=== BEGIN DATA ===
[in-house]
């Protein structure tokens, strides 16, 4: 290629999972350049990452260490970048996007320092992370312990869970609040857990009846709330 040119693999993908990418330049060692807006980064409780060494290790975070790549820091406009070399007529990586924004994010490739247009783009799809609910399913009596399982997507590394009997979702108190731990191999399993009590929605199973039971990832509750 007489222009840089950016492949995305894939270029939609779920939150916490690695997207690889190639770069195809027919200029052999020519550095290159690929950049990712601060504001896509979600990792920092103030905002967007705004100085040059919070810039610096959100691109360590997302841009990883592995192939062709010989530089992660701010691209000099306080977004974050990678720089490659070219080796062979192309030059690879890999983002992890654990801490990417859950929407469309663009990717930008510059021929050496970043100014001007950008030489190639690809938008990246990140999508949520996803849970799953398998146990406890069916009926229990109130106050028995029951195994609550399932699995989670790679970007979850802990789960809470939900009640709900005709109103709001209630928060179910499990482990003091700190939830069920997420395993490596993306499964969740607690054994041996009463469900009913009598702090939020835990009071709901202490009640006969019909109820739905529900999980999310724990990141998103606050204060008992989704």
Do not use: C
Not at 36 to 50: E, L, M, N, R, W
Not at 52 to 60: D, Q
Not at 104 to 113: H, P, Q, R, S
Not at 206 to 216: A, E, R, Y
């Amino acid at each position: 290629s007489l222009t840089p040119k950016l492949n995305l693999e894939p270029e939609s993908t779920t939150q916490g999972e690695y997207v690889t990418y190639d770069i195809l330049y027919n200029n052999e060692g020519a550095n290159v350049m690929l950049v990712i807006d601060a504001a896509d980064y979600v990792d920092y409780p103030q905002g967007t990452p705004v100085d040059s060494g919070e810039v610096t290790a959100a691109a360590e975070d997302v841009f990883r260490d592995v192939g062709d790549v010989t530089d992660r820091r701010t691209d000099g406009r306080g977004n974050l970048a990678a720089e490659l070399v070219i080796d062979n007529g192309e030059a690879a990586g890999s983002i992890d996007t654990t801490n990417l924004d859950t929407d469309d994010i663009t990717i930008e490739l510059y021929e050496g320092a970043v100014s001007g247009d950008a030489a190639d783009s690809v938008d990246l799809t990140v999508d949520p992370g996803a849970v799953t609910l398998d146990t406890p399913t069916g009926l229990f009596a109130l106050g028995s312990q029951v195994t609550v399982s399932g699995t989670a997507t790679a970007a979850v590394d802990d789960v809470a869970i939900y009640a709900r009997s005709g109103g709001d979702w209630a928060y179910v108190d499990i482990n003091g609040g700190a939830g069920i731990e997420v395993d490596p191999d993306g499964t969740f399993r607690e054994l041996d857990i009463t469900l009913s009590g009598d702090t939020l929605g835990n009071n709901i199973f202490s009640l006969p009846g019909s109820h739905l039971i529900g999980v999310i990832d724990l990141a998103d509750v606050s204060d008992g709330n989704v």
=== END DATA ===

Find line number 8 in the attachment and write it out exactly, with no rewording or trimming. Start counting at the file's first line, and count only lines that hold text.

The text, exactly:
């Amino acid at each position: 290629s007489l222009t840089p040119k950016l492949n995305l693999e894939p270029e939609s993908t779920t939150q916490g999972e690695y997207v690889t990418y190639d770069i195809l330049y027919n200029n052999e060692g020519a550095n290159v350049m690929l950049v990712i807006d601060a504001a896509d980064y979600v990792d920092y409780p103030q905002g967007t990452p705004v100085d040059s060494g919070e810039v610096t290790a959100a691109a360590e975070d997302v841009f990883r260490d592995v192939g062709d790549v010989t530089d992660r820091r701010t691209d000099g406009r306080g977004n974050l970048a990678a720089e490659l070399v070219i080796d062979n007529g192309e030059a690879a990586g890999s983002i992890d996007t654990t801490n990417l924004d859950t929407d469309d994010i663009t990717i930008e490739l510059y021929e050496g320092a970043v100014s001007g247009d950008a030489a190639d783009s690809v938008d990246l799809t990140v999508d949520p992370g996803a849970v799953t609910l398998d146990t406890p399913t069916g009926l229990f009596a109130l106050g028995s312990q029951v195994t609550v399982s399932g699995t989670a997507t790679a970007a979850v590394d802990d789960v809470a869970i939900y009640a709900r009997s005709g109103g709001d979702w209630a928060y179910v108190d499990i482990n003091g609040g700190a939830g069920i731990e997420v395993d490596p191999d993306g499964t969740f399993r607690e054994l041996d857990i009463t469900l009913s009590g009598d702090t939020l929605g835990n009071n709901i199973f202490s009640l006969p009846g019909s109820h739905l039971i529900g999980v999310i990832d724990l990141a998103d509750v606050s204060d008992g709330n989704v």